Book review: Wolfgang Streeck’s How Will Capitalism End? – a grim economic forecast #auspol 

Capitalism as we know it is irrevocably in its death throes, argues German sociologist Wolfgang Streeck, which on its own is not a novel thesis. In our age of regular financial crashes and bursting bubbles, illiberal movements and borderless wars, even Nobel Prize winners and mainstream thinkers – I think of Joseph Stiglitz, among others – say that the post-war free market regime is broken, and that the superglue we’re using to stick it together won’t hold for much longer.

Yet Streeck’s analysis of why neo-liberalism is imploding – and this time unable to reinvent itself – is a fresh take, if not necessarily a light read for the layman. Though Marxism has for some time now been out of vogue, his post-Marxist analysis of the political economy of globalisation, one augmented by the work of many contemporaries, rings remarkably timely. Perhaps it’s time to dust off the Marx and Engels after a quarter of a century on the book shelves.
After all, contemporary social scientists failed miserably to predict such dramatic phenomena as Donald Trump’s victory in the United States presidential election, the Euro crisis, the rise of ISIL or the viability of right-wing populists across Europe.

But if Streeck’s on the mark, that’s no grounds for celebration. Particularly unnerving about his analysis in How Will Capitalism End?: Essays on a Failing System, and unlike some of his ilk – such as the American sociologist Immanuel Wallerstein or, for that matter, even Marx himself – Streeck has little faith that, at least in the near future, anything vaguely benevolent will follow the disaster that is looming. On the contrary, capitalism’s end will be ugly, and we’re only just now getting a taste of how ugly.


As far as Streeck is concerned, capitalism is an inherently unstable, dysfunctional economic model that has survived for more than 200 years lurching from one systemic crisis to another. Yet, until now, it has always managed to regroup and repackage itself, often ingeniously, staving off demise through complex metamorphoses.
“The history of modern capitalism,” argues Streeck, “can be written as a succession of crises that capitalism has survived only at the price of deep transformations of its economic and social institutions, saving it from bankruptcy in unforeseeable and often unintended ways.” Marx and Keynes, Weber and Luxemburg, all foretold its death with different explanations, but they underappreciated capitalism’s resourcefulness.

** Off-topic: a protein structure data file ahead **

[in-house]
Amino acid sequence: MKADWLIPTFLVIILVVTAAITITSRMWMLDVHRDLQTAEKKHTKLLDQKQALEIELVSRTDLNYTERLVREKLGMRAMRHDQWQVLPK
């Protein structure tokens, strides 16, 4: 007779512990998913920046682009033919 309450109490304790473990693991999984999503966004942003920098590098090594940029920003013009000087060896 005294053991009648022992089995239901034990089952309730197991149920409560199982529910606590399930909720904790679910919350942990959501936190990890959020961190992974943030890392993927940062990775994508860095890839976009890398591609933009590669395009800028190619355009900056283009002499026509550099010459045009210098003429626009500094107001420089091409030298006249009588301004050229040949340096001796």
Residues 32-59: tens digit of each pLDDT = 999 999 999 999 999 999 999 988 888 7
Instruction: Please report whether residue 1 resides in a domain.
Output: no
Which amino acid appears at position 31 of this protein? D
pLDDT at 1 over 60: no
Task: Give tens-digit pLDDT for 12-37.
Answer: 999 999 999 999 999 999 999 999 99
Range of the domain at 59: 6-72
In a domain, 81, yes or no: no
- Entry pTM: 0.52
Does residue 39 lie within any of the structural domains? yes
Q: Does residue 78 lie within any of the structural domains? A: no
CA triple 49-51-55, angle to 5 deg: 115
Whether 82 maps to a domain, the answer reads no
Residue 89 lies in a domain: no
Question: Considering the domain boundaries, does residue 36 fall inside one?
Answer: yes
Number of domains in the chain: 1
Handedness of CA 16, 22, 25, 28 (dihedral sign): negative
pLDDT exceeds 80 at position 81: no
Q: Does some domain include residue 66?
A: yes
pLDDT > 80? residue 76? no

But this time, argues Streeck with conviction, capitalism’s at the end of its own tether – really. There’s no longer enough of its spoils or the soothing ointment of liberal democracy to go around.

The symptoms of contemporary capitalism’s dire crisis – stagnation, debt, and inequality – are not new but they’re more acute now than ever before, and mutually reinforcing as they beget one another. The persistent decline in economic growth worldwide has only accelerated since the 2008 financial crisis, the vast gap between the few haves and the many have-nots now greater than at any time in the 20th century.
Graphs and charts show us that sky-high indebtedness in leading industrial states has governments, households and financial firms trapped in a vicious cycle in which their economies, shackled by debt, cannot recover. Greece is not alone, but rather one example among many.
And, finally, there’s the vast inequality in income and wealth that has only grown wider and wider in the post-Cold War decades. It’s not one of these symptoms that will shake capitalism to its foundations, but rather a combination of them and other afflictions: “death by a thousand cuts”, writes Streeck, refusing to be pinned down on exactly how capitalism will finally meet its maker.

Press link for more: The Nation

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4 comments